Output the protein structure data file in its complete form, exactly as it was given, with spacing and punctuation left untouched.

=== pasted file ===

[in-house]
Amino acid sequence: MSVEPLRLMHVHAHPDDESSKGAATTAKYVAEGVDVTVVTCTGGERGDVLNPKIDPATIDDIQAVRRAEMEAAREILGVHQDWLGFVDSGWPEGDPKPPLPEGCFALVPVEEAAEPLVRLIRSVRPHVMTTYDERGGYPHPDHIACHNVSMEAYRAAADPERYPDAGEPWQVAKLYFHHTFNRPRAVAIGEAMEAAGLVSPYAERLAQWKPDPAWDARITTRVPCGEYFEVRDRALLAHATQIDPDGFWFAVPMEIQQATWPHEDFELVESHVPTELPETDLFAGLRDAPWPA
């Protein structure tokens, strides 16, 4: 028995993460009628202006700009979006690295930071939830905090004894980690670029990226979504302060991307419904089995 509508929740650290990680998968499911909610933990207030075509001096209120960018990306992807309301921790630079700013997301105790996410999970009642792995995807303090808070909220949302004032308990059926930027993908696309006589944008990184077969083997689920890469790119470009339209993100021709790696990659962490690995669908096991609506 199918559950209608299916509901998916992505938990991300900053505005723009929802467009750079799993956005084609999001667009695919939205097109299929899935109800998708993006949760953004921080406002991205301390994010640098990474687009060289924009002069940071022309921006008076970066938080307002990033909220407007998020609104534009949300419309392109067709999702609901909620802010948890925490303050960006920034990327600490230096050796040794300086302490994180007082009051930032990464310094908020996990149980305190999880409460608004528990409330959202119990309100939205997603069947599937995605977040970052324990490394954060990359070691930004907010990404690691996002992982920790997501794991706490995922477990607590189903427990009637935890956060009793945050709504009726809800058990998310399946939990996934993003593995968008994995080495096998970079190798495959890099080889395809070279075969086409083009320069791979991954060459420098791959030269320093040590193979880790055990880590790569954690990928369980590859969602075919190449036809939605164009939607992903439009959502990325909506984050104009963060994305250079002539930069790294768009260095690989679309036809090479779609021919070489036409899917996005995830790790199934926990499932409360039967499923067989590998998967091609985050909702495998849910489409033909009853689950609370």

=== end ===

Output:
[in-house]
Amino acid sequence: MSVEPLRLMHVHAHPDDESSKGAATTAKYVAEGVDVTVVTCTGGERGDVLNPKIDPATIDDIQAVRRAEMEAAREILGVHQDWLGFVDSGWPEGDPKPPLPEGCFALVPVEEAAEPLVRLIRSVRPHVMTTYDERGGYPHPDHIACHNVSMEAYRAAADPERYPDAGEPWQVAKLYFHHTFNRPRAVAIGEAMEAAGLVSPYAERLAQWKPDPAWDARITTRVPCGEYFEVRDRALLAHATQIDPDGFWFAVPMEIQQATWPHEDFELVESHVPTELPETDLFAGLRDAPWPA
């Protein structure tokens, strides 16, 4: 028995993460009628202006700009979006690295930071939830905090004894980690670029990226979504302060991307419904089995 509508929740650290990680998968499911909610933990207030075509001096209120960018990306992807309301921790630079700013997301105790996410999970009642792995995807303090808070909220949302004032308990059926930027993908696309006589944008990184077969083997689920890469790119470009339209993100021709790696990659962490690995669908096991609506 199918559950209608299916509901998916992505938990991300900053505005723009929802467009750079799993956005084609999001667009695919939205097109299929899935109800998708993006949760953004921080406002991205301390994010640098990474687009060289924009002069940071022309921006008076970066938080307002990033909220407007998020609104534009949300419309392109067709999702609901909620802010948890925490303050960006920034990327600490230096050796040794300086302490994180007082009051930032990464310094908020996990149980305190999880409460608004528990409330959202119990309100939205997603069947599937995605977040970052324990490394954060990359070691930004907010990404690691996002992982920790997501794991706490995922477990607590189903427990009637935890956060009793945050709504009726809800058990998310399946939990996934993003593995968008994995080495096998970079190798495959890099080889395809070279075969086409083009320069791979991954060459420098791959030269320093040590193979880790055990880590790569954690990928369980590859969602075919190449036809939605164009939607992903439009959502990325909506984050104009963060994305250079002539930069790294768009260095690989679309036809090479779609021919070489036409899917996005995830790790199934926990499932409360039967499923067989590998998967091609985050909702495998849910489409033909009853689950609370």